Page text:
This issue of
Citylife

Your Say


Your say is an open forum for you the reader to express your opinions. Write to: [email protected], subject: Your say. Letters can be on any subject and priority will be given to letters under 200 words. Letters may be edited for clarity or conciseness. Name and contact details must be supplied.

Banking on Thailand for Retirement

Chiang Mai is certainly beautiful and the people are lovely, and this magnificent magazine just makes it all so much better. However the government needs to get its act together if they want to encourage quality retirees. Have they or readers checked the Malaysia My Second Home program? Freehold property with no strings attached, an immediate 10 year renewable visa, tax free income earned from outside Malaysia and banked in that country, the list goes on. Check out Youtube by calling up MM2H.
James Williamson

The Poster Boy

I like to read the occasional poster stuck on a telephone pole, but they seem to be being replaced by ‘saturation’ advertising…hundreds of the same posters along a street…five of the same stuck on the telephone box, three on the next power pole, two on the next pole, three on the red post box, and so on along the street. Some stick on lettering (feeding someone ego) others traditional posters. Western style, ugly visual pollution appearing on Chiang Mai streets. After seeing that someone had written a large ‘tag’, with a black marker on a white Wat/Temple wall, copying one of the prevalent stick on lettering seen around town, I had had enough.
I brought some white paint, and painted over the black lettering on the Wat wall. Then I decided to clean up the street I walk up and down each day, and over sprayed the posters (which can’t be easily taken off).
These are our streets, I ask everyone to take pride in them. Stop the increasing pollution by taking positive action…take them down as you see them. Clean the streets you walk up and down of this visually polluting trend, that way out whole town will be nicer again. Quick, persistent removal is a tested remedy.
Perhaps we can set aside special places, where posters can be stuck up, and viewed by people who, like me, don’t mind reading the occasional few.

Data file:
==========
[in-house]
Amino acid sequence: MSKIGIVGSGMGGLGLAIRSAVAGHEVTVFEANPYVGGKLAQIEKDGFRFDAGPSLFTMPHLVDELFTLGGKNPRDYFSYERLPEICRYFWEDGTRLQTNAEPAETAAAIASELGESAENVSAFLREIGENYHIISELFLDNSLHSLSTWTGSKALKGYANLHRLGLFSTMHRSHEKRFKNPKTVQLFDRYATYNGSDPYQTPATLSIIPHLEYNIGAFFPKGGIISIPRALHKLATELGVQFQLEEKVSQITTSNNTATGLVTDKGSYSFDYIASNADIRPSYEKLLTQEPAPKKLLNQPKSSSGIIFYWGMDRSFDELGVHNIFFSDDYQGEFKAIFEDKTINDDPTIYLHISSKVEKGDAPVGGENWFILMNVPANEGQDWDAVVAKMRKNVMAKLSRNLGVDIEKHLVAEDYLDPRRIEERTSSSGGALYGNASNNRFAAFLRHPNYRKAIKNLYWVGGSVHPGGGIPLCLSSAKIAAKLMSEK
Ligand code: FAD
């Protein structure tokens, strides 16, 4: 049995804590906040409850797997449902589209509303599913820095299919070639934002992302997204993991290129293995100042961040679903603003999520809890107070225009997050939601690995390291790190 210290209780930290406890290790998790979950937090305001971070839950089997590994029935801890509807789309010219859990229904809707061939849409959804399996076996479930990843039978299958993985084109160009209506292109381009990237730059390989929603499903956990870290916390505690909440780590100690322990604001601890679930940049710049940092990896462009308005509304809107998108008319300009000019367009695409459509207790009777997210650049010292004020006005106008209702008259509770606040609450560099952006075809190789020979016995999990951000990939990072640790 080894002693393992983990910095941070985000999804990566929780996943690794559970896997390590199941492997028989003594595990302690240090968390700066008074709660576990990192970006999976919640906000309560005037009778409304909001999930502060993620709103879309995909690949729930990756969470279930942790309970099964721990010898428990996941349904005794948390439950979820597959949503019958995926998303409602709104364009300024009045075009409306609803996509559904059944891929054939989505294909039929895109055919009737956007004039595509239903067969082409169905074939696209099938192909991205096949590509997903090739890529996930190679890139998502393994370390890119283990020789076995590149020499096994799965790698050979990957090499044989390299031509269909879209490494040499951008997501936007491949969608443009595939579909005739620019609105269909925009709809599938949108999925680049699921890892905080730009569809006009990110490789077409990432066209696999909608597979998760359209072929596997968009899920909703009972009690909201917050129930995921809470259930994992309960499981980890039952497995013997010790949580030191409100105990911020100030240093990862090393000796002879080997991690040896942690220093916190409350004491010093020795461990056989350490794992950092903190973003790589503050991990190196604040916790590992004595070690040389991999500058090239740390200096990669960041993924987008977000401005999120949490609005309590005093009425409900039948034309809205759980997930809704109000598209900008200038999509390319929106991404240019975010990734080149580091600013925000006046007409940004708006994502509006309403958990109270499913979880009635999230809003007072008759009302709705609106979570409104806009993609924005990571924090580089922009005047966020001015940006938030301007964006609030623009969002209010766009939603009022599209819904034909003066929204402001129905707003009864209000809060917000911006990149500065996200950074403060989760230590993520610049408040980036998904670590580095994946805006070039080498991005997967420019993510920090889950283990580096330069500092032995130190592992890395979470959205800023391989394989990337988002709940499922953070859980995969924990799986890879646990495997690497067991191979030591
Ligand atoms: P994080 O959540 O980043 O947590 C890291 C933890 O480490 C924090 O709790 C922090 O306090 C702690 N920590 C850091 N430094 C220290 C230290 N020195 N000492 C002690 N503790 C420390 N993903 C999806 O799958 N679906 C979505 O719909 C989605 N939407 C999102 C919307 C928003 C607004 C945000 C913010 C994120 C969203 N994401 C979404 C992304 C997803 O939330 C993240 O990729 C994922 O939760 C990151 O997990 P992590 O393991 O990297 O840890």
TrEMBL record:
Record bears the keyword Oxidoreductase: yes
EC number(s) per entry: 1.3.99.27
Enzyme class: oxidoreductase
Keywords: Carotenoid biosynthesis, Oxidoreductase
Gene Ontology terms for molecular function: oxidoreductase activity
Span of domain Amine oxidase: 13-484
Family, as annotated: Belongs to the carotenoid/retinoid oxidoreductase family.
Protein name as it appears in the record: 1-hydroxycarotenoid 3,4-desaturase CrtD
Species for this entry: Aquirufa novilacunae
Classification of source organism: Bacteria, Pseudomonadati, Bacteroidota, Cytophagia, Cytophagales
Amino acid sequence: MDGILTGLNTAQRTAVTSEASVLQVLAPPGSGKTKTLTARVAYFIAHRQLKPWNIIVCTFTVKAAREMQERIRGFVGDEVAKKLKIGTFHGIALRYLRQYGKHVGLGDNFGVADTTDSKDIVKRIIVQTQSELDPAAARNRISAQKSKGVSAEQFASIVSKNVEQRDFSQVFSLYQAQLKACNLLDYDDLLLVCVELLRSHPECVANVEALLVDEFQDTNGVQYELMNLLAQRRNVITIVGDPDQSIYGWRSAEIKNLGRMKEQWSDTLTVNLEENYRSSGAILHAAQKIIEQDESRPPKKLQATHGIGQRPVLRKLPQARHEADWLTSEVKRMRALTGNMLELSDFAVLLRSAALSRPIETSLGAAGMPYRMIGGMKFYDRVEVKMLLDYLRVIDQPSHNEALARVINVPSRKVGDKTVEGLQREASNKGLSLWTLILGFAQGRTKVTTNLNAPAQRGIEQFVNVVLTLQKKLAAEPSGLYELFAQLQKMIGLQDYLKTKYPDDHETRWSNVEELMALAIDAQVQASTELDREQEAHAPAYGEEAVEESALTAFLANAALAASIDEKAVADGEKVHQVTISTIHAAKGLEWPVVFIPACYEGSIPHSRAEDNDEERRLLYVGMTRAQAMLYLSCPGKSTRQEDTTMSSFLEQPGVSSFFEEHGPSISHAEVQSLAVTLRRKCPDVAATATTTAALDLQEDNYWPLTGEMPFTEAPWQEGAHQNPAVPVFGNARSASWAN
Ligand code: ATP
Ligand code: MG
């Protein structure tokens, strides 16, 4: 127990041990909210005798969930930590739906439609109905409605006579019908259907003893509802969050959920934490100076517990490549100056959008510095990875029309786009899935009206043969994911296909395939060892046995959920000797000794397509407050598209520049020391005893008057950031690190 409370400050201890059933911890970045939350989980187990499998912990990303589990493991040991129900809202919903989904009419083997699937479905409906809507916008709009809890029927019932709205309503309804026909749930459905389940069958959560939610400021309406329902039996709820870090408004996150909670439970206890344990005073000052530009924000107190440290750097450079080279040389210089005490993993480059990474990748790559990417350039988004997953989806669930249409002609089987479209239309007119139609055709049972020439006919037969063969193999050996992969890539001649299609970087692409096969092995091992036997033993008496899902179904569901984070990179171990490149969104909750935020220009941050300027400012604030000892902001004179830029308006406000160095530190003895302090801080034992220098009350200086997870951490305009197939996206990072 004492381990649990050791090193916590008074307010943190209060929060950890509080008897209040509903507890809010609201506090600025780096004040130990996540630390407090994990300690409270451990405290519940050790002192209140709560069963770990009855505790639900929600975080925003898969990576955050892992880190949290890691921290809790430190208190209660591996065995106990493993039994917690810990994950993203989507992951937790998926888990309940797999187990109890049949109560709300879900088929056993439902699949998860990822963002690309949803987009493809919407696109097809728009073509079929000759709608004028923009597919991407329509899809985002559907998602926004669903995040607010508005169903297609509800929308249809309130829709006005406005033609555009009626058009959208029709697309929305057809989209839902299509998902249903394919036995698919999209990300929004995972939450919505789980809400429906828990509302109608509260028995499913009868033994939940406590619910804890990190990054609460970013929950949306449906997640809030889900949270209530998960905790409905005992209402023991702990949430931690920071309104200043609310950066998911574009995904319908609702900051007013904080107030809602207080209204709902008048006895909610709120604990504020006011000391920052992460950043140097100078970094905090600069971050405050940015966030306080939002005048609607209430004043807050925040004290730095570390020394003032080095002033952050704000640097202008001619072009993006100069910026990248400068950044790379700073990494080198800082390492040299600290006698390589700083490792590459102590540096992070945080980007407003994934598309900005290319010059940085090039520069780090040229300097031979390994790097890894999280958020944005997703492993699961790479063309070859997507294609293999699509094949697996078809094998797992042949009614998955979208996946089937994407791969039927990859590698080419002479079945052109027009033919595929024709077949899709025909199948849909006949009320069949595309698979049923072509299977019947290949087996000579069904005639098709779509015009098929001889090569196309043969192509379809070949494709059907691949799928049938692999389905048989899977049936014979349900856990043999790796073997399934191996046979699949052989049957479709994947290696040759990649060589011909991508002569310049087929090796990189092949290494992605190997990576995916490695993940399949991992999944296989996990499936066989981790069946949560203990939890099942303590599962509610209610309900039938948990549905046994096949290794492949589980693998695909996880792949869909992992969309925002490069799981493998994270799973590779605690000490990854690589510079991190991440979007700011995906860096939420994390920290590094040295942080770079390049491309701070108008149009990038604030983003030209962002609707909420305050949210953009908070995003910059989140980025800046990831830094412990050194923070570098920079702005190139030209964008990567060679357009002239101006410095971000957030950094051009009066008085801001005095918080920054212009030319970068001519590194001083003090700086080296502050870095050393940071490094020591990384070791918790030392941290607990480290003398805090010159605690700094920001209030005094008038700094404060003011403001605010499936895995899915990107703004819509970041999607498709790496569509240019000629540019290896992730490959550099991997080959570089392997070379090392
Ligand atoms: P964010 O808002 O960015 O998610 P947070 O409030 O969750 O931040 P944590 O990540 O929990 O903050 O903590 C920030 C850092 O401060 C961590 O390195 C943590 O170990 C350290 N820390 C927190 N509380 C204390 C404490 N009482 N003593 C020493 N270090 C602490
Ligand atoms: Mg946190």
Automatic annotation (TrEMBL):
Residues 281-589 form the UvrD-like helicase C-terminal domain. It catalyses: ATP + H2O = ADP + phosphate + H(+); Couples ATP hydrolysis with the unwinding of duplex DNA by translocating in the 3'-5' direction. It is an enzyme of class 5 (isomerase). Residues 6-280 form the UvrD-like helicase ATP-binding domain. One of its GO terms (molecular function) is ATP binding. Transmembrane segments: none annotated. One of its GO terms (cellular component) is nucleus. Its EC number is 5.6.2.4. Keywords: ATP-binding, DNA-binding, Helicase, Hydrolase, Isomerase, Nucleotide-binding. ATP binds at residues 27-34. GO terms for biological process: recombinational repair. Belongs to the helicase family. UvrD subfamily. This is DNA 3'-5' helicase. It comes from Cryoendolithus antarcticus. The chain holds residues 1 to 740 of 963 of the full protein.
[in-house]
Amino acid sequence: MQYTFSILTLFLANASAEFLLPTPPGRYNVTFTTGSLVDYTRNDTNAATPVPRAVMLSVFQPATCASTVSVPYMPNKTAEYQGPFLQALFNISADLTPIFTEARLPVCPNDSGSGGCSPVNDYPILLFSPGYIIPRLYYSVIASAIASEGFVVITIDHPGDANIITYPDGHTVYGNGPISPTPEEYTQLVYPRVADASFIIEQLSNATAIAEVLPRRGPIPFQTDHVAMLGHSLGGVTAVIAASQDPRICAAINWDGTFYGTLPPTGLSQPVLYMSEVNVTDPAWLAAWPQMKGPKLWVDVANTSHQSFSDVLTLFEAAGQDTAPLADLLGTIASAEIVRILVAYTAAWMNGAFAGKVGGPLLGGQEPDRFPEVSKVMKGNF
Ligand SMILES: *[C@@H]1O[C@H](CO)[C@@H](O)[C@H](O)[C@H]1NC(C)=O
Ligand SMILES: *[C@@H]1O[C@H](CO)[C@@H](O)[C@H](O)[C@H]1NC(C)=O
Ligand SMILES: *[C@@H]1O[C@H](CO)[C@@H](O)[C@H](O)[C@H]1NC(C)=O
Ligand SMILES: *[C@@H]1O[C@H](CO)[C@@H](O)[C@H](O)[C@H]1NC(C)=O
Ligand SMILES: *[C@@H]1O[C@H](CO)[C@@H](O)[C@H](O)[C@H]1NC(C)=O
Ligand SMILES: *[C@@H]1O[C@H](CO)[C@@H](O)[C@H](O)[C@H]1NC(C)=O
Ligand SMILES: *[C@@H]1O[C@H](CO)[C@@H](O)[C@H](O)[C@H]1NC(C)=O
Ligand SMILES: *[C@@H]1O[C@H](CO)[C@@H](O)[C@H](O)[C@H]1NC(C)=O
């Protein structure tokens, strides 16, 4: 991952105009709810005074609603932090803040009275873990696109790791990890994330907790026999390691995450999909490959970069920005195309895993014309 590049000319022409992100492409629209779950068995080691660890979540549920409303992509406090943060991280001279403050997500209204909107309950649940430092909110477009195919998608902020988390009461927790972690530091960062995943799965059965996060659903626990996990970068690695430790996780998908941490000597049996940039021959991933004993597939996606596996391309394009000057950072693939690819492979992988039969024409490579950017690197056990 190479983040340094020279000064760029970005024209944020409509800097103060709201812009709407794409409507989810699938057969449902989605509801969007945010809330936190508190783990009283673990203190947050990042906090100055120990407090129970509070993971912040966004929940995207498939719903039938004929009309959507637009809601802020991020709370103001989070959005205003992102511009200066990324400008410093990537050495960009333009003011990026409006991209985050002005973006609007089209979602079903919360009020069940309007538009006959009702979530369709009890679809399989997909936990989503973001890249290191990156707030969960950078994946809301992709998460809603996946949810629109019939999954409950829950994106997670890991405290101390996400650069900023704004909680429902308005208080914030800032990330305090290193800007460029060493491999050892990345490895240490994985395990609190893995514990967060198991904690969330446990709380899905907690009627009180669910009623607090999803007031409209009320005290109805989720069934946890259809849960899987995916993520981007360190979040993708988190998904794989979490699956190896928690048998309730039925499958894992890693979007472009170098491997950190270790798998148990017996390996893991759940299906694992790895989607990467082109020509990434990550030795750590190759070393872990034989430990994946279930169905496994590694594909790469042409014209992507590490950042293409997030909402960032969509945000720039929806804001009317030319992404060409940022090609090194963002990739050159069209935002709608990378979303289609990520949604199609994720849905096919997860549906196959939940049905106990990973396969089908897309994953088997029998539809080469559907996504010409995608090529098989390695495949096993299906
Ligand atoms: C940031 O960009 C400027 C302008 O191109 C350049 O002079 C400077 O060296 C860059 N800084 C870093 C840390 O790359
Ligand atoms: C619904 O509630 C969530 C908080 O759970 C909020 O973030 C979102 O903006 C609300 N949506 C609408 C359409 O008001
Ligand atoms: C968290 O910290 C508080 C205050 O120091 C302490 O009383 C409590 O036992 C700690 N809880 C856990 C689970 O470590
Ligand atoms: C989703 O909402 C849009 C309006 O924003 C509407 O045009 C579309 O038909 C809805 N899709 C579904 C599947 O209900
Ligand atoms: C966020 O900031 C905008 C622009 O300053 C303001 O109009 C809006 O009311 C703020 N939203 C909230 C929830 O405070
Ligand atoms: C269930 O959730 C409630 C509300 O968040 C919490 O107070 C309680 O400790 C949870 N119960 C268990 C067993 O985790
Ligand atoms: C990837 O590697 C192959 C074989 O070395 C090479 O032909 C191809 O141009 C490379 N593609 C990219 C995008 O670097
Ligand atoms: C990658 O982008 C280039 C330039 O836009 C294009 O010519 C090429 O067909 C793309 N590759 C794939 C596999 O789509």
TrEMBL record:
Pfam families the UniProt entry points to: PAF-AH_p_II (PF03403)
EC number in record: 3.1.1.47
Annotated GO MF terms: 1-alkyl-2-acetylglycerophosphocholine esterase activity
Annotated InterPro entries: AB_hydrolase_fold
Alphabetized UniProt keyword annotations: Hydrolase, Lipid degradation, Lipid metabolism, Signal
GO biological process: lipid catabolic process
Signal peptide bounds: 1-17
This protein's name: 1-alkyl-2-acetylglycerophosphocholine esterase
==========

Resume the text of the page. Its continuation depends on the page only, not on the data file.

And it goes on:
David Ryan

On a Mission

As a great fan and regular reader of Citylife I was surprised to read this article and the inference it makes that Christian Missionaries are so wonderful.
As a European Buddhist I have to say I found a number of the comments somewhat biased and misleading.
Christian missionaries by the definition of the name are here first and foremost to convert people of less fortunate means to their own religion. My belief is that local people including the hilltribe people should be left to their own culture and beliefs.
Furthermore the comment that ‘The majority of Thais have remained stubbornly Buddhist’ leads me to believe the author believes they are wrong! Like many other foreigners living here I love Thailand for its culture and people. Much of this is down to the Buddhist and animist traditions which need to be cherished.
Best regards,
Roger Snell
Chiang Mai

No Longer Popular

I am Thai and always visit the south, Koh Chang, Phuket, Samui, Phang Ngan, so many fun places. Every time I used to go people would ask me where I am from and I would proudly say “Jiang Mai jao!” Always they would smile at me and either answer, “I love Chiang Mai and I have been there and enjoyed it”, or “I have never been but would love to go”. This time, over Songkran, I went to Krabi and was again asked the question. When I smiled and gave them my standard answer, instead of smiles, I noticed frowns. After a few times, I had to add another phrase to my sentence, “Jiang Mai jao, but I don’t like Thaksin”. The smile would then be returned to me. It is so sad for all of us that our beloved city’s reputation is being destroyed because of one man.
Sad Lanna girl

Desperately Seeking Sibud

In your editorial [April 2009], did you mention that Sibud is single? She sounds better than any of those women one sees on dating web sites! If she is interested in a bald, fairly lacking in finance, beer guzzling but big hearted guy, give her my email address!
Annonymous

Letter from a Loyal Tourist

It breaks my heart to see Thailand so divided the way it is. I am a frequent visitor and always spend a couple of weeks in Chiang Mai at the beginning of each year. For the first time in longer than I can remember, we cancelled our trip. In hindsight I realised that it was a stupid knee-jerk reaction and that I should have known Thai people better and that tourists wouldn’t be harmed. I just want to wish your beautiful people peace and happiness and I promise to come back next year and do my small tiny bit to help your tourism economy which is surely suffering big time.
Susan Velts

The Price of Being Farang?
Thought that you and your readers might be amused by the attached photo of the prices at the Museum of World Insects on Sirimankalajarn Road.
Regards
David

Marvellous Model
As a long time fan of Citylife I want to applaud you on your excellent cover model for this [April 2009] month. My male friends and I look forward to seeing many such models on your cover. The skimpier the better!
Happy Dave

Up Close with Close Up
Every month I turn to Jeremy Sameulson’s Tii Naa pages first in anticipation of seeing his close up portraits. He manages to convey in one shot so much about the person behind the personality or is it the personality behind the person? Whatever. Mantak Chia, Roy Hudson and Kamin Lertchaiprasert are my personal favourites. The beauty queen wasn’t bad either.
Tom Wells